property taxes if not for the exemption.
Auditor General Eugene DePasquale said he knows some of these
organizations make voluntary payments to local governments instead of property
taxes, but those payments aren't standardized.
Cuomo Signals Changes for Education Next Year
New York Times By KATE TAYLOR DEC. 18, 2014
Gov. Andrew M. Cuomo signaled on Thursday that he intended to push next year for sweeping changes to the state’s education system, with goals that include making it easier to fire low-performing teachers and increasing the number of charter schools. In a letter to the state’s departing education commissioner, John B. King Jr., and the chancellor of the Board of Regents, Merryl H. Tisch, Mr. Cuomo’s director of state operations, Jim Malatras, asserted that the performance of the state’s students on a variety of measures, like graduation rates and test scores, was “unacceptable.” He also enumerated pointed questions about subjects like teacher evaluations and tenure. The first question on the list, for instance, asked, “How is the current teacher evaluation system credible when only 1 percent of teachers are rated ineffective?”
The Problem Isn't Getting Rid of Teachers, It's Keeping Them
Forbes by Nick Morrison December 3, 2014
Judging by the tenor of the education debate in recent weeks, it would be easy to assume that the biggest challenge facing school leaders is how to get rid of bad teachers. But any problems caused by teacher tenure pale in comparison with the difficulty in getting teachers to stay.
I wrote earlier this week about how a belief in removing poor teachers as a way to improve schools was misplaced. My post was a response to the debate prompted by an article in Time magazine about tech entrepreneurs who want to make it easier to fire bad teachers.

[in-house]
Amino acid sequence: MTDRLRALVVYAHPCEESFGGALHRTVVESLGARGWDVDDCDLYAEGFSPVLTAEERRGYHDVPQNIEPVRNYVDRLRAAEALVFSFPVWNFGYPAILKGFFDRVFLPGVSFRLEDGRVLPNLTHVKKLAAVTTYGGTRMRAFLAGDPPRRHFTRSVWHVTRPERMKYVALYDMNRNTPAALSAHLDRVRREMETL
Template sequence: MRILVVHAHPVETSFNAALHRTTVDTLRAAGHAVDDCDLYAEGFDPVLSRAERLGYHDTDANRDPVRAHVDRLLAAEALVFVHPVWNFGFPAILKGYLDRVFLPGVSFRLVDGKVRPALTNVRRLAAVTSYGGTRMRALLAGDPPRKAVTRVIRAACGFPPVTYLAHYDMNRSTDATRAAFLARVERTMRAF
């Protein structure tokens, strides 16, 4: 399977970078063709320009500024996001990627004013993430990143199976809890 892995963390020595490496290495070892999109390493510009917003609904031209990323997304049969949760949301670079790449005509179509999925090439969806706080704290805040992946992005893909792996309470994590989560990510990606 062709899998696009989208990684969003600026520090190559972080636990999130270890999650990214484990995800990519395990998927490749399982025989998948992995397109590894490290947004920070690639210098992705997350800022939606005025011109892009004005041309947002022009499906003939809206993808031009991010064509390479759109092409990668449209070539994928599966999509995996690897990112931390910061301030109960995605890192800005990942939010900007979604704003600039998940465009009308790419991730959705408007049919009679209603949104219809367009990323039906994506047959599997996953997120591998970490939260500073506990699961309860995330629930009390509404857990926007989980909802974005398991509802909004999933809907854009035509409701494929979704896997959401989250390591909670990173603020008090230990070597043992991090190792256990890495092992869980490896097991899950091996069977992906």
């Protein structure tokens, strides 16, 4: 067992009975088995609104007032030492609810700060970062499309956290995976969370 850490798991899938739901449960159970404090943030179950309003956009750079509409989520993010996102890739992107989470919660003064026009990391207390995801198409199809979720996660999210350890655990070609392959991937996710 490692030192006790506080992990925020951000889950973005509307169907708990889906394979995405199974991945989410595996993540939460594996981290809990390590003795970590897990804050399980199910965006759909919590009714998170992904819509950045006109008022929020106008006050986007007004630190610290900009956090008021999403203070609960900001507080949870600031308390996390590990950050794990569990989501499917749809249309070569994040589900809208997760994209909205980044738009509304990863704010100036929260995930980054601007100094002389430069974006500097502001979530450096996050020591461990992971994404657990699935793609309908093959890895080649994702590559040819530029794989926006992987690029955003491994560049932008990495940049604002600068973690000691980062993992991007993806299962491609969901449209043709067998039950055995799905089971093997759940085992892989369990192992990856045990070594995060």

While it may excite conservative commentators, this proposal is doomed to fail, not least because firing teachers requires finding replacements, and there is no guarantee they will be any better, if they exist at all. But there is another side to this debate, and that is the difficulty of keeping teachers in the classroom. Not just good teachers, but any teachers.
Turning around schools with low achievement rates never seems to work
One of the goals U.S. Education Secretary Arne Duncan set when he launched the $3.5 billion School Improvement Grant (SIG) program in 2009 was to turn 1,000 schools around annually for five years. “We could really move the needle, lift the bottom and change the lives of tens of millions of underserved children,” he said. I like Duncan and much of what he and the Obama administration have done for schools, but that goal is a harmful fantasy.
The overlooked truths about fixing schools are vividly revealed in an Education Writers Association research brief, “What Studies Say About School Turnarounds,” by Andrew Brownstein, a freelance journalist who reports on federal education policy. (Turnaround schools are those whose low achievement rates have been significantly improved by a change in operations.) Brownstein said “successful turnarounds are extremely rare.” Veterans ofeducation reform efforts “might be forgiven for thinking of turnarounds as the unicorns of federal education policy,” he said.
January 23rd–25th, 2015 at The
EduCon is both a conversation and a conference.
It is an innovation conference where we can come together, both in person and virtually, to discuss the future of schools. Every session will be an opportunity to discuss and debate ideas — from the very practical to the big dreams.